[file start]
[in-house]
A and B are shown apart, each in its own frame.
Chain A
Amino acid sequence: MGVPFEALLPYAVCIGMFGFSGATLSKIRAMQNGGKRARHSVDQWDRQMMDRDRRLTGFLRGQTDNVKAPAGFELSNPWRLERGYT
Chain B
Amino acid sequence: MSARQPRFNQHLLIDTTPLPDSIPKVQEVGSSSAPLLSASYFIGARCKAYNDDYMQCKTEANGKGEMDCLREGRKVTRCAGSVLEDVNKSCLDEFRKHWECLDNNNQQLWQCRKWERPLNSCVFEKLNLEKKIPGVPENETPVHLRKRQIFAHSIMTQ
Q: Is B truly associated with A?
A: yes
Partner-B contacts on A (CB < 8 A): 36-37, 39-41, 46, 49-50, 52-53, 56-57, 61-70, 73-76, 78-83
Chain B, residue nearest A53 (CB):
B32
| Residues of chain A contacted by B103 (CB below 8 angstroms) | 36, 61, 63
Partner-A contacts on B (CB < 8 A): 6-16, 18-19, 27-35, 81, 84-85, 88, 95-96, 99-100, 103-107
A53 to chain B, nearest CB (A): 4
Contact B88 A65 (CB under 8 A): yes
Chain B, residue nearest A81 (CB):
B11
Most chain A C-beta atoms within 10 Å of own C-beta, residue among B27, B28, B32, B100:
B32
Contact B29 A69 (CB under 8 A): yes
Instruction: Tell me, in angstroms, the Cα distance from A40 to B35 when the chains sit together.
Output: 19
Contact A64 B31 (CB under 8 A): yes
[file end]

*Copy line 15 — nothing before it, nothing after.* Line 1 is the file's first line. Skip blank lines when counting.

Contact B88 A65 (CB under 8 A): yes